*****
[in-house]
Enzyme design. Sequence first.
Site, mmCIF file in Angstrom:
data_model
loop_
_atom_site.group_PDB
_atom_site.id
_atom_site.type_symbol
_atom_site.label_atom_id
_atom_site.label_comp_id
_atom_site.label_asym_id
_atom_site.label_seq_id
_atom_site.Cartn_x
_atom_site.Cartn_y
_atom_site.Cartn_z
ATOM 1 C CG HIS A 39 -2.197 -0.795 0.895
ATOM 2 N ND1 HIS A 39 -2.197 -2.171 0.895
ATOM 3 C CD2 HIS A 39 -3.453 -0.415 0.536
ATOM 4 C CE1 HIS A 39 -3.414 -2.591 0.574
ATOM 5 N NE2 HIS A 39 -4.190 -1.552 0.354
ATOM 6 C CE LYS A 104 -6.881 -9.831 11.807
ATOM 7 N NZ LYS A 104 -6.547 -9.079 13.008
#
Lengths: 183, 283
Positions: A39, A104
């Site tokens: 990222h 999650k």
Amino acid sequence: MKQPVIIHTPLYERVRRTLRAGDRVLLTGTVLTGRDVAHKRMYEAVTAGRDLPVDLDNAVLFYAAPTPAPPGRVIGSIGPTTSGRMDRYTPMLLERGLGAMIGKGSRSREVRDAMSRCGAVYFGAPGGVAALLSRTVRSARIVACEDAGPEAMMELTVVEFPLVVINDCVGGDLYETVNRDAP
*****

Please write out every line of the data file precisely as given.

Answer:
[in-house]
Enzyme design. Sequence first.
Site, mmCIF file in Angstrom:
data_model
loop_
_atom_site.group_PDB
_atom_site.id
_atom_site.type_symbol
_atom_site.label_atom_id
_atom_site.label_comp_id
_atom_site.label_asym_id
_atom_site.label_seq_id
_atom_site.Cartn_x
_atom_site.Cartn_y
_atom_site.Cartn_z
ATOM 1 C CG HIS A 39 -2.197 -0.795 0.895
ATOM 2 N ND1 HIS A 39 -2.197 -2.171 0.895
ATOM 3 C CD2 HIS A 39 -3.453 -0.415 0.536
ATOM 4 C CE1 HIS A 39 -3.414 -2.591 0.574
ATOM 5 N NE2 HIS A 39 -4.190 -1.552 0.354
ATOM 6 C CE LYS A 104 -6.881 -9.831 11.807
ATOM 7 N NZ LYS A 104 -6.547 -9.079 13.008
#
Lengths: 183, 283
Positions: A39, A104
């Site tokens: 990222h 999650k």
Amino acid sequence: MKQPVIIHTPLYERVRRTLRAGDRVLLTGTVLTGRDVAHKRMYEAVTAGRDLPVDLDNAVLFYAAPTPAPPGRVIGSIGPTTSGRMDRYTPMLLERGLGAMIGKGSRSREVRDAMSRCGAVYFGAPGGVAALLSRTVRSARIVACEDAGPEAMMELTVVEFPLVVINDCVGGDLYETVNRDAP